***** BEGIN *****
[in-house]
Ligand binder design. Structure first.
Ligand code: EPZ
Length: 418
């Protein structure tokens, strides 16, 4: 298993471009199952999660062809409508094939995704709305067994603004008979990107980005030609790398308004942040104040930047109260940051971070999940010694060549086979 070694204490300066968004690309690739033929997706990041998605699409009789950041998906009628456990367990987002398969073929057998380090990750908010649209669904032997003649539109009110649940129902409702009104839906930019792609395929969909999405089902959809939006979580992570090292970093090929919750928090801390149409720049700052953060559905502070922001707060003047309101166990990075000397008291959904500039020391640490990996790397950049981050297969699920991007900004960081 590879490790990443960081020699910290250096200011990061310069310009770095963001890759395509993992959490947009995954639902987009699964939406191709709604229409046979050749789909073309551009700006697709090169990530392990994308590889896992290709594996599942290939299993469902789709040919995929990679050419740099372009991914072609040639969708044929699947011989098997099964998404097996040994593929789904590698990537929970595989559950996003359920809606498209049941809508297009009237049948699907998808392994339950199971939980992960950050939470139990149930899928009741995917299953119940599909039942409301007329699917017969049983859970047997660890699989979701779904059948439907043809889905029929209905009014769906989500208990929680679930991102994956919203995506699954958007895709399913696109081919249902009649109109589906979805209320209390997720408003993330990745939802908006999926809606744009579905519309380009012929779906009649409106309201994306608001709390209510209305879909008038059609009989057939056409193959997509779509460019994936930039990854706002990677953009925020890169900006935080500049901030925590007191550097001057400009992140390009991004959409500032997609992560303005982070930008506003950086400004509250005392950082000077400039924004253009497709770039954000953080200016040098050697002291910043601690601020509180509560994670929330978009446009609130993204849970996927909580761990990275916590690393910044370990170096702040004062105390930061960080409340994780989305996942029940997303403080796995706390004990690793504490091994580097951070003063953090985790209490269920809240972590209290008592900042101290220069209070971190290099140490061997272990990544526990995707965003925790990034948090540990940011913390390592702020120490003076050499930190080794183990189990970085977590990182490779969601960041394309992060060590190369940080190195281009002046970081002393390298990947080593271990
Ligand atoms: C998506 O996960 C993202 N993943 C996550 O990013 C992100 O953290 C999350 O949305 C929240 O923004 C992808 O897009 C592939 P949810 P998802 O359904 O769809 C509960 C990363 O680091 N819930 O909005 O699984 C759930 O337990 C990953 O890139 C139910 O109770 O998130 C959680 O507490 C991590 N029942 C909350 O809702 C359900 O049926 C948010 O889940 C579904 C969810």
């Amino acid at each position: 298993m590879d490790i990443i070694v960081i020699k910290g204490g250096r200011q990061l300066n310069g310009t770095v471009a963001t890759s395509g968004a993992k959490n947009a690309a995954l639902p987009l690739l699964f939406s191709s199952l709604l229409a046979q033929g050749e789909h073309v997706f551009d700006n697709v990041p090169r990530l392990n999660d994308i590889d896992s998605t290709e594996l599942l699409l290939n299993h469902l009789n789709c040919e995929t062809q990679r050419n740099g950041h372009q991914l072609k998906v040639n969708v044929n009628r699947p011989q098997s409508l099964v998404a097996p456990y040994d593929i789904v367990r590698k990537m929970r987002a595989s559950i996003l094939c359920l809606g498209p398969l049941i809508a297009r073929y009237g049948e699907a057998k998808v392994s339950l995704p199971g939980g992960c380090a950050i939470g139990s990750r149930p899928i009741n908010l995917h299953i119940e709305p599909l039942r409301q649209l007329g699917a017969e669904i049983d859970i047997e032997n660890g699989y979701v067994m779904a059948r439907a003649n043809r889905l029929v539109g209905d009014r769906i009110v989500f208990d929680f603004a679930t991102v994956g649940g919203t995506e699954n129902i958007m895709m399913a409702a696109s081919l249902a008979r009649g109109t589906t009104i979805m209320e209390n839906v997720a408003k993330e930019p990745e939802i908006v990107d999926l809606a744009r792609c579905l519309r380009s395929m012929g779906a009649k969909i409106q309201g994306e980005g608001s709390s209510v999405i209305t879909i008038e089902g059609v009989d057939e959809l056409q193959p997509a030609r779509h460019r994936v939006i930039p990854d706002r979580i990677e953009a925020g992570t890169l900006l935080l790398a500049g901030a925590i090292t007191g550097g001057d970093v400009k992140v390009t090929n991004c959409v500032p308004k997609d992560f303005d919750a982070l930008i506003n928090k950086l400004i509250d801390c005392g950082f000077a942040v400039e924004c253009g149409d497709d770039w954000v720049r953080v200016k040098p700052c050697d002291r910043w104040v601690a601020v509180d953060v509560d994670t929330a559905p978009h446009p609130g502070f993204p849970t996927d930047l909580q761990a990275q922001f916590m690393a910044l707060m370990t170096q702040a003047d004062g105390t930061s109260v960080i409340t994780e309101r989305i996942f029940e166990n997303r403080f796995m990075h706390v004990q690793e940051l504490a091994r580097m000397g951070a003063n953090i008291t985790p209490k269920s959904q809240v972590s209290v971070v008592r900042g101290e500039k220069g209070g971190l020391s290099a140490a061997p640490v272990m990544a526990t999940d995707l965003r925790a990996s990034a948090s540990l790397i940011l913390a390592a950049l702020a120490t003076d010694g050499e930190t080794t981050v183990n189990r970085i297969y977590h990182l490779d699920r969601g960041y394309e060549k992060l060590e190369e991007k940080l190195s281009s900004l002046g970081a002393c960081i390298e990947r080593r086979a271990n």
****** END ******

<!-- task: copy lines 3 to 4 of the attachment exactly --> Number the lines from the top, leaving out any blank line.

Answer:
Ligand code: EPZ
Length: 418